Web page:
President Nelson’s Favorite Topics and Statements, Part 2: The Church

Last year, the Church released the guidelines by which a committee was evaluating hymns and songs for inclusion in the next hymnbook and children’s songbook and a list of topics they wanted to see more hymns about.  What surprised me as I studied President Russell M. Nelson’s general conference talks was how frequently the list of topics the hymnbook committee wanted to see more hymn submissions focus on lined up with what seemed to be President Nelson’s favorite topics:  “Praise and Worship”, “The Atonement of Jesus Christ”, “The Plan of Happiness”, “Gospel Learning and Revelation”, “The Family of God”, “Our Families”, “Priesthood Power and Authority”, “The Restoration of the Gospel”, “The Gathering of Israel”, “The Sabbath Day”, and “The Second Coming.”[1]  Perhaps it’s coincidental, perhaps it’s just the general waters of the Church’s headquarters, but given that the First Presidency and Quorum of the Twelve are officially the ones compiling the new hymnbook and songbook (with input and suggestions from the committee), the fact that the initiative was announced shortly after President Nelson’s became president of the Church, and the level of interest that President Nelson has displayed towards hymns in his talks, there is a good chance that President Nelson had some input there.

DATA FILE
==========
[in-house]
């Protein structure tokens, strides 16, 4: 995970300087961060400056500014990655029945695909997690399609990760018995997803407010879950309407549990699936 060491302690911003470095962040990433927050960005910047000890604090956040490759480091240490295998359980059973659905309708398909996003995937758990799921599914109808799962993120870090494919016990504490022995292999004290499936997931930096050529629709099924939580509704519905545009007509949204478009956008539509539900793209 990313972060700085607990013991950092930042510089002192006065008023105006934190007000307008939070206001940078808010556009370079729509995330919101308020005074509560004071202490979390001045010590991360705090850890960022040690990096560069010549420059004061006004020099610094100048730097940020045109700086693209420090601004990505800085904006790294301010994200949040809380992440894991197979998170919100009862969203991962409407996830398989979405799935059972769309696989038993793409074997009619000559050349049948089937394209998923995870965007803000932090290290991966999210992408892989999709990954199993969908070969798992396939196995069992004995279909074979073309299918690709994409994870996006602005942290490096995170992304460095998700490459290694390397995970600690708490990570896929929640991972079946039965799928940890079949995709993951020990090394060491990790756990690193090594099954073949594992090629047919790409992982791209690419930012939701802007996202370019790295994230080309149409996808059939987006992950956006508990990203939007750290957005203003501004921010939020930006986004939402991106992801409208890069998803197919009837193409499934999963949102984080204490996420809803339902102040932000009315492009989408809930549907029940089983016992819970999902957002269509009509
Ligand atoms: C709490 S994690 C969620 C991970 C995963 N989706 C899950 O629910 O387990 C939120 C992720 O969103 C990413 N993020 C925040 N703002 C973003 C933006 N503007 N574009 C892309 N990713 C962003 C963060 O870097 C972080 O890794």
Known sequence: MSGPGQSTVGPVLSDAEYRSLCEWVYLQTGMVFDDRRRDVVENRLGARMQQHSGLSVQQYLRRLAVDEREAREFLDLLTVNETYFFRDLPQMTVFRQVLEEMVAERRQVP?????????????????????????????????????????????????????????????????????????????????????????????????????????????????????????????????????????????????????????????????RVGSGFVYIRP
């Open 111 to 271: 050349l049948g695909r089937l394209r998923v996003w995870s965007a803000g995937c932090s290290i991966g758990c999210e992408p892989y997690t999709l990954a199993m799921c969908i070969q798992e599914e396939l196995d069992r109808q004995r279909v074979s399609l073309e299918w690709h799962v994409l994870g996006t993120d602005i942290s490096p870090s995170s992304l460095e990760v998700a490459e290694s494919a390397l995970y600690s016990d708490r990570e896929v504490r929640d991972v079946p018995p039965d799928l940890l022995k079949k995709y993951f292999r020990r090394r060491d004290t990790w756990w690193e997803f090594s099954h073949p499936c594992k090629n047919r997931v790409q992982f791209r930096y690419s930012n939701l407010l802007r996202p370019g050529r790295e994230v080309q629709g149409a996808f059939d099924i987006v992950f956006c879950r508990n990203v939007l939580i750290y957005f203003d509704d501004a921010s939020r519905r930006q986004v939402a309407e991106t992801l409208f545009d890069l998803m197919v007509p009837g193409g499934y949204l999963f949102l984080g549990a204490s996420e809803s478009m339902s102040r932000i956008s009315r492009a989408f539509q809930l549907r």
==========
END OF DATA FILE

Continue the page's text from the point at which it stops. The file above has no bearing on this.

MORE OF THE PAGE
This is the second part of the second part of my analysis of President Russell M. Nelson’s General Conference addresses.  In the previous post, I discussed some of the more Godhead-focused topics of interest in his talks (corresponding roughly to the topics listed above of “Praise and Worship”, “The Atonement of Jesus Christ”, “Gospel Learning and Revelation” and “The Family of God”).  Today will be much more ecclesiastical in its focus (corresponding roughly to the topics of “Priesthood Power and Authority”, “The Restoration of the Gospel” and “The Gathering of Israel”, as well as the Church and its leaders).  As such, this puts us here in the overall scheme of things:

  1. Introductory Thoughts
  2. President Nelson’s Favorite Topics and Phrases
    1. God and Power
    2. The Church, Priesthood, and Gathering Israel
    3. Family
    4. Plan of Salvation
  3. Examining the Sources in President Nelson’s Talks
  4. Potential Long-Term Impact of President Nelson’s Addresses

The Church: